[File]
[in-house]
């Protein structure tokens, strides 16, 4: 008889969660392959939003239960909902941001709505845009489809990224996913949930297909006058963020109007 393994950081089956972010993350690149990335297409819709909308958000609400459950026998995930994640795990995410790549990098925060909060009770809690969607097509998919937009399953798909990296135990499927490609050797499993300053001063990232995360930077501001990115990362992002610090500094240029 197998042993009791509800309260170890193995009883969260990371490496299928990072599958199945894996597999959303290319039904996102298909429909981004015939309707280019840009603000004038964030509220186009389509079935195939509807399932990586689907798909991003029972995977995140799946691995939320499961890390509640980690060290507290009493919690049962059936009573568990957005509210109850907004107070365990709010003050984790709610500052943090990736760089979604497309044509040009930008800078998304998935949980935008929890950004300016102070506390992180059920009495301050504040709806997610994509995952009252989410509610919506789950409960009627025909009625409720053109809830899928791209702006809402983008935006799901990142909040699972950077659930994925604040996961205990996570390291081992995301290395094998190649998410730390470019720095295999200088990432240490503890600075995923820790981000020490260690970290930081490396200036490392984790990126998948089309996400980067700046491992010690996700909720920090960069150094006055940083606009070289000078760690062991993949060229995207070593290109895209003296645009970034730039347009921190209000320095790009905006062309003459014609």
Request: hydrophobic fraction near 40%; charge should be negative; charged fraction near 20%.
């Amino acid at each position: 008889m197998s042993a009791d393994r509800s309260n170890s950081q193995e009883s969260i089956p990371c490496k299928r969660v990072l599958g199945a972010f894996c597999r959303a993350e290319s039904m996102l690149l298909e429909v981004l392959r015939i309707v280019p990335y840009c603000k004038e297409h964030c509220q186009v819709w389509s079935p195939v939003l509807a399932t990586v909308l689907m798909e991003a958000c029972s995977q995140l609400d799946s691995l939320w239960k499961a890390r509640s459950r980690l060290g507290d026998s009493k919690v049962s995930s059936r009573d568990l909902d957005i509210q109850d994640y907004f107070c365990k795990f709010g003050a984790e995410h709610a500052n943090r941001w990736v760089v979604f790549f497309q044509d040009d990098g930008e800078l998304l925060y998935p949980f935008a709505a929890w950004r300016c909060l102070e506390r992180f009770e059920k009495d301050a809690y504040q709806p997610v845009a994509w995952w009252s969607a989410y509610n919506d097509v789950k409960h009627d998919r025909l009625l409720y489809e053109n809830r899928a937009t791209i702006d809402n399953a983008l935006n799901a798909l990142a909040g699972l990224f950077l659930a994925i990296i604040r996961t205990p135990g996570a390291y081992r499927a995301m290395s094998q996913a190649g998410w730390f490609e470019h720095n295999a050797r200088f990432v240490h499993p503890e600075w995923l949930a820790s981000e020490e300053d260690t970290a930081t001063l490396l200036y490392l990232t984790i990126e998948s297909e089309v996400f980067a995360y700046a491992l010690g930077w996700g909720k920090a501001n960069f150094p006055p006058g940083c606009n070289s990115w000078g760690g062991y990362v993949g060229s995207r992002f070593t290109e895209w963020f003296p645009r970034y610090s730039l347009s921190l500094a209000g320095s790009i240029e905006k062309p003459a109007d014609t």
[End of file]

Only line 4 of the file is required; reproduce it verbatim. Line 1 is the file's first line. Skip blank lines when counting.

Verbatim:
């Amino acid at each position: 008889m197998s042993a009791d393994r509800s309260n170890s950081q193995e009883s969260i089956p990371c490496k299928r969660v990072l599958g199945a972010f894996c597999r959303a993350e290319s039904m996102l690149l298909e429909v981004l392959r015939i309707v280019p990335y840009c603000k004038e297409h964030c509220q186009v819709w389509s079935p195939v939003l509807a399932t990586v909308l689907m798909e991003a958000c029972s995977q995140l609400d799946s691995l939320w239960k499961a890390r509640s459950r980690l060290g507290d026998s009493k919690v049962s995930s059936r009573d568990l909902d957005i509210q109850d994640y907004f107070c365990k795990f709010g003050a984790e995410h709610a500052n943090r941001w990736v760089v979604f790549f497309q044509d040009d990098g930008e800078l998304l925060y998935p949980f935008a709505a929890w950004r300016c909060l102070e506390r992180f009770e059920k009495d301050a809690y504040q709806p997610v845009a994509w995952w009252s969607a989410y509610n919506d097509v789950k409960h009627d998919r025909l009625l409720y489809e053109n809830r899928a937009t791209i702006d809402n399953a983008l935006n799901a798909l990142a909040g699972l990224f950077l659930a994925i990296i604040r996961t205990p135990g996570a390291y081992r499927a995301m290395s094998q996913a190649g998410w730390f490609e470019h720095n295999a050797r200088f990432v240490h499993p503890e600075w995923l949930a820790s981000e020490e300053d260690t970290a930081t001063l490396l200036y490392l990232t984790i990126e998948s297909e089309v996400f980067a995360y700046a491992l010690g930077w996700g909720k920090a501001n960069f150094p006055p006058g940083c606009n070289s990115w000078g760690g062991y990362v993949g060229s995207r992002f070593t290109e895209w963020f003296p645009r970034y610090s730039l347009s921190l500094a209000g320095s790009i240029e905006k062309p003459a109007d014609t």